Tech companies need to foster inclusive, empathetic cultures
Madison Embry, people and communities country leader at Cisco UK & Ireland, and Alex Allen, senior director of inclusion and collaboration community partners at Cisco, detail how to foster the best possible culture in workplaces.
Dotcom entrepreneur and digital activist Martha Lane Fox recently said gender diversity in the UK technology industry is “still terrible”. Currently women hold only 17% of major technology roles, including within programming and software development. Organisations must recognise that having a diverse workforce is not simply a box-ticking exercise, but is critical for driving productivity, creativity, and innovation. This starts with listening to the unique ideas of every employee, whoever they are and whatever they do, rather than take a top-down approach to strategy.
In a culture of trust and transparency, employees can more authentically share their ideas and experiences, creating a heightened degree of awareness about each other. Such a culture not only enables businesses to grow, but also people to grow, helping to build a positive workplace where everyone is empowered to thrive.
Get closer to employees
Here at Cisco, for example, our proximity initiative encourages our senior leaders to have regular one-to-one, authentic conversations with employees from our Inclusive Communities. These conversations enable dialogue and understanding between leaders and employees who have different identities of race, gender, sexuality, ability, and other perspectives.
Leaders often find that when they meet people who have an identity that is underrepresented at Cisco, or marginalised in society in general, they benefit from proximity to talent they otherwise may not have met. These conversations, as well as the insights gained and the actions taken as a result, can help bring more creativity to our teams and products, diversify our organisation’s representation, and build a more inclusive culture.
Since January 2020, globally at Cisco more than 1,700 proximity meetings have been completed by more than 200 leaders and more than 450 participants. In 2023, more than 230 of Cisco’s executives have opted in to attend these events. The results speak for themselves: 95% of participating leaders are doing something different because of their learnings; 98% of leaders and 84% of participants found incredible value in their discussions; and 69% of participating leaders are sponsoring talent with different identities to their own.
To prepare leaders for these conversations, live coaching and access to conversation guides and resources are provided. Employees who participate in the initiative are given the opportunity to volunteer to take part in these conversations, and are matched with executives via a central matching process. In the future, we are working to invite participation from all Cisco Inclusive Employee Communities and continue to scale globally with leaders.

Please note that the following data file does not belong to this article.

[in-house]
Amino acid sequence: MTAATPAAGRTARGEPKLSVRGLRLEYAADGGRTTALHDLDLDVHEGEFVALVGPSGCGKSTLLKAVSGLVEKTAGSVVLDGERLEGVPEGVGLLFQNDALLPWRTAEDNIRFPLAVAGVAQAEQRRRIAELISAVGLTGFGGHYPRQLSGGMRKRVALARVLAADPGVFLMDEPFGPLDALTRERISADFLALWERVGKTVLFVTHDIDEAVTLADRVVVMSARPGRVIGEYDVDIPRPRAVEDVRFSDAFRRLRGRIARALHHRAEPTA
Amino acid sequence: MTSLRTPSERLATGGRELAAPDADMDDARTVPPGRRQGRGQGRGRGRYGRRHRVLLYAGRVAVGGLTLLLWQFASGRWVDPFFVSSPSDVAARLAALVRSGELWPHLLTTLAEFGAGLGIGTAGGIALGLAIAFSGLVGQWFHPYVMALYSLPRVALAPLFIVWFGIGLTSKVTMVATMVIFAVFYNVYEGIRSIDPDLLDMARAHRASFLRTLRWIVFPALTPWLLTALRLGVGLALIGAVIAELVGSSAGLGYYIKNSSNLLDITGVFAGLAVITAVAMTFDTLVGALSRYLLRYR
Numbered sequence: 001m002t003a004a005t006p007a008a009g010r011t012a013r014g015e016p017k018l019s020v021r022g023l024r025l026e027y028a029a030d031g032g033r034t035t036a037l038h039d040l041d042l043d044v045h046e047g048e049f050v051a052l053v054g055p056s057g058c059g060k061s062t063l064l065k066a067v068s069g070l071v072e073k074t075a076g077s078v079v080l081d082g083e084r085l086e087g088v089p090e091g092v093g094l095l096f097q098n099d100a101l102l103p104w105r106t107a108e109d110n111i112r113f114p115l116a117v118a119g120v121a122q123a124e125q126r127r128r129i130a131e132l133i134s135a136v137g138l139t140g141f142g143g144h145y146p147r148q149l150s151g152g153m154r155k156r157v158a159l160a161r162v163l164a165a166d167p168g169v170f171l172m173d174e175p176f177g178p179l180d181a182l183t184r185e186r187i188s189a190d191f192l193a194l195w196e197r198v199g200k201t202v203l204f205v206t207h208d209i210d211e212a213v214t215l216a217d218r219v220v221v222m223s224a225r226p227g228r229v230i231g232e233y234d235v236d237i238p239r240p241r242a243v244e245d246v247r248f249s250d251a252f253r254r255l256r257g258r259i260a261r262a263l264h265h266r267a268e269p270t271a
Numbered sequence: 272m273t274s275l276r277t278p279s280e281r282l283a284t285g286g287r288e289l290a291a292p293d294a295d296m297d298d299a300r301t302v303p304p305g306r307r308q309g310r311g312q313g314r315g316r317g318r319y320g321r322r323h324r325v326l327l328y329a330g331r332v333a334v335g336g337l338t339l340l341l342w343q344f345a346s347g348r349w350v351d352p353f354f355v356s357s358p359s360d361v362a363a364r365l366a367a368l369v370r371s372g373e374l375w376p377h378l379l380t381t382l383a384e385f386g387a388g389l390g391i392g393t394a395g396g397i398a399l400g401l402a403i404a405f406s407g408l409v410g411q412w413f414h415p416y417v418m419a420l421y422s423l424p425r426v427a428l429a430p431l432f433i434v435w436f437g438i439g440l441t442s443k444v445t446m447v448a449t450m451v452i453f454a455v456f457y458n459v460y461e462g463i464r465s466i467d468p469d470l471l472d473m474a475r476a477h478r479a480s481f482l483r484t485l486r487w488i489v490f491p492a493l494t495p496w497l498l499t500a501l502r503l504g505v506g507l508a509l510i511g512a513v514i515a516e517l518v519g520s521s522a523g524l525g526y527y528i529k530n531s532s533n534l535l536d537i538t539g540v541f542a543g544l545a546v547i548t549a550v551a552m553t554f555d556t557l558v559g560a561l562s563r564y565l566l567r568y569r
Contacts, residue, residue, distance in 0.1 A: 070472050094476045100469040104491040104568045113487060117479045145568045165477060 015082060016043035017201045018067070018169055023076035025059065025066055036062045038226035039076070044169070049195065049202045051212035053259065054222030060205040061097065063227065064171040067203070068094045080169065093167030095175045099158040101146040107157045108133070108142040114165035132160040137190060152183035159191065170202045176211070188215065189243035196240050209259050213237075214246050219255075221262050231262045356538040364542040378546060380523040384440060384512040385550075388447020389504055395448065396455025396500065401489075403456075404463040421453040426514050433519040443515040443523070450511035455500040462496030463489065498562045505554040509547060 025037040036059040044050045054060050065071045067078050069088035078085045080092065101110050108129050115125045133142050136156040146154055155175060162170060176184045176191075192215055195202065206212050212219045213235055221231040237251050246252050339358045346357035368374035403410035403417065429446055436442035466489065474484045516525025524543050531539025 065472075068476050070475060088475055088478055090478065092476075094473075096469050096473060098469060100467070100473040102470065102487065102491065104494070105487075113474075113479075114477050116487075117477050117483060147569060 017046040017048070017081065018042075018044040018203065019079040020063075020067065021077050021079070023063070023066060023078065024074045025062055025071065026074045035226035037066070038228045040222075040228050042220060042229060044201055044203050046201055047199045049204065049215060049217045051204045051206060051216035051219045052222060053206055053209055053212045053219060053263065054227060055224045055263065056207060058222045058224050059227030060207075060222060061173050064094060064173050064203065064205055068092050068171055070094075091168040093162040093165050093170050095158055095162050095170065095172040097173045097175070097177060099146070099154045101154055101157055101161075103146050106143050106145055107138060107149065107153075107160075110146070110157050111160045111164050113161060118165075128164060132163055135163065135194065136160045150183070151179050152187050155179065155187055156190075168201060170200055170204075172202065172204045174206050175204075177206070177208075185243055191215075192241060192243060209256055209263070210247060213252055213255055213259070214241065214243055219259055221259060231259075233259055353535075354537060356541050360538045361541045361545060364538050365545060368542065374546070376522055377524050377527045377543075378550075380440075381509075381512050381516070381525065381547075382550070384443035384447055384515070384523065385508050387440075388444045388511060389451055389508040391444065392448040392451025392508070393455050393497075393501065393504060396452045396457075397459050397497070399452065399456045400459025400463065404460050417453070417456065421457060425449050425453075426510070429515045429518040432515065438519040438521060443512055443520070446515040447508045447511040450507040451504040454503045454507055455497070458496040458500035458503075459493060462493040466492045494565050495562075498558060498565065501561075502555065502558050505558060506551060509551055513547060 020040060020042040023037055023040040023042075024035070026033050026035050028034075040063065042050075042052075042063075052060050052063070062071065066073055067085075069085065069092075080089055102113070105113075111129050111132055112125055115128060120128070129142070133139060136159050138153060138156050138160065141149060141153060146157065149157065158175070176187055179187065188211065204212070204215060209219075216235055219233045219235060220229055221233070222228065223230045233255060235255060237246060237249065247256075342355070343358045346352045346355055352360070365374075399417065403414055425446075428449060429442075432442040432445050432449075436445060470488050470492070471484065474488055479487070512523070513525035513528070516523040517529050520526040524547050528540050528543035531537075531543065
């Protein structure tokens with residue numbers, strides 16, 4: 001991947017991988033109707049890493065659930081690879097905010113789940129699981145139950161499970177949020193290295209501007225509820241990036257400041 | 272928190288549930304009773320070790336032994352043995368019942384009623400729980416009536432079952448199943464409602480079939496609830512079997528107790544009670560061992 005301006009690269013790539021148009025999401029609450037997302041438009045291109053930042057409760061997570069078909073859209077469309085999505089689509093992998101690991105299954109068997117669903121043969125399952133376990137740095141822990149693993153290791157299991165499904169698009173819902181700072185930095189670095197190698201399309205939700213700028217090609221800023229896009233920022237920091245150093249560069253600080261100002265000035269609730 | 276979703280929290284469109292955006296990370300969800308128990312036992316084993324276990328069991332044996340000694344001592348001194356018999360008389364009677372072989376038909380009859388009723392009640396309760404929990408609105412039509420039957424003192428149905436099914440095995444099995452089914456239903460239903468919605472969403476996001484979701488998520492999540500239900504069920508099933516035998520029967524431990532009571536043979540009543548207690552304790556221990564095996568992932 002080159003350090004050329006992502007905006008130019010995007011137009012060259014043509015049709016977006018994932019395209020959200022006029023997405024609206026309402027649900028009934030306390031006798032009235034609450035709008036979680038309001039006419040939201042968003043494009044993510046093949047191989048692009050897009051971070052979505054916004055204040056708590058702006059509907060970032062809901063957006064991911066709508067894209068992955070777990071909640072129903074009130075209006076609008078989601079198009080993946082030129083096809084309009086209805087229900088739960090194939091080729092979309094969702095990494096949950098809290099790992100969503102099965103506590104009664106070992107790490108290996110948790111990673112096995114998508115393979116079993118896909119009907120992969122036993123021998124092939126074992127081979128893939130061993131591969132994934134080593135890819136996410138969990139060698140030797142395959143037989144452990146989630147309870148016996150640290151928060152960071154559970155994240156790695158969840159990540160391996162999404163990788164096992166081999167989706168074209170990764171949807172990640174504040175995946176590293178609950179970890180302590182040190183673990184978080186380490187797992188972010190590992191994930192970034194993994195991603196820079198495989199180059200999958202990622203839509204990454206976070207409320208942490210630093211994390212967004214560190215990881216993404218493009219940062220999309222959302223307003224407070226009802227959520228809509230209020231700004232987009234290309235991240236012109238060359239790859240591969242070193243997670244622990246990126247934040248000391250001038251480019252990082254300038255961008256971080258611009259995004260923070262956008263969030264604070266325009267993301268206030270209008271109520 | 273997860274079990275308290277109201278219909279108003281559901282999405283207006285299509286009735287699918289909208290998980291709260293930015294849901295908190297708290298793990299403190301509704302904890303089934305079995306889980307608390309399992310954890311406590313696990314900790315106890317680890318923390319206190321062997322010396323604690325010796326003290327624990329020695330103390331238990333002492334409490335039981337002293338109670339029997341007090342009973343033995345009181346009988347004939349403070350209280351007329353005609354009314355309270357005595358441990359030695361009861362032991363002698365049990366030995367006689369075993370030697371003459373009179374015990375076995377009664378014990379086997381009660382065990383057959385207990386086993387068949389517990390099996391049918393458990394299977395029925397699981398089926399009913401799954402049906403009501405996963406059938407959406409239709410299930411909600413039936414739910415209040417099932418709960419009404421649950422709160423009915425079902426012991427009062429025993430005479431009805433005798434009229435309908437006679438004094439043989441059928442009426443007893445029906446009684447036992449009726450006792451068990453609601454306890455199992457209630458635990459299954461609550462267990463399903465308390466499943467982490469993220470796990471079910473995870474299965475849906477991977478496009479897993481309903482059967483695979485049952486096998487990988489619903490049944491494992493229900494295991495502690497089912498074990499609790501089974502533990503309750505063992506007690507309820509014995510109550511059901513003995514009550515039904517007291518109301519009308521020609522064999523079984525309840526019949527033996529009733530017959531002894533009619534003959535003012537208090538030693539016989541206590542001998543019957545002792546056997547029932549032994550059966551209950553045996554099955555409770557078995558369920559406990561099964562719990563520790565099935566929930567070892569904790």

Supporting each other at critical moments
As well as listening, having empathy and care for employees is also crucial for a positive company culture, especially when life is unpredictable. Organisations should not be afraid to take a stand on what matters most and put their people first.
At Cisco, we have a broad range of initiatives to support our people during times of crisis. This includes Critical Time Off – a global initiative for all employees, which allows them to take up to four weeks off each year, at full pay, to attend to sudden and significant life events that require their undivided attention.
Whether dealing with a death, illness, or natural disaster, employees should be there for the people closest to them, without worrying about work. Recognising we all create our families differently, we define “family” as anyone an employee relies on or who relies on them, which equally applies to a flatmate, a neighbour or a pet.
We’ll continue to ramp up support for our employees during life-changing moments. It’s part of ‘Our People Deal’, the culture we want our Cisco family to experience every day. This means respecting and caring for each other, and always doing the right thing.
Powering an inclusive future
Just as listening to people has helped to guide many a technology company’s decision-making throughout the pandemic, it is vital they continue to listen and use employees’ direct feedback to determine their future business directions. Hearing everyone’s voices will make you stronger as a collective.
A listening culture underlines the values of inclusivity and empathy. For any organisation, it’s vital to bring true equity and be committed to doing the right thing for employees, especially in times of crisis. You’re only as strong as the people around you. When we can get closer to people different to us, we all learn and improve. And when people can take the time they need for their loved ones, they come back to work refreshed and energised. That’s when real innovation happens.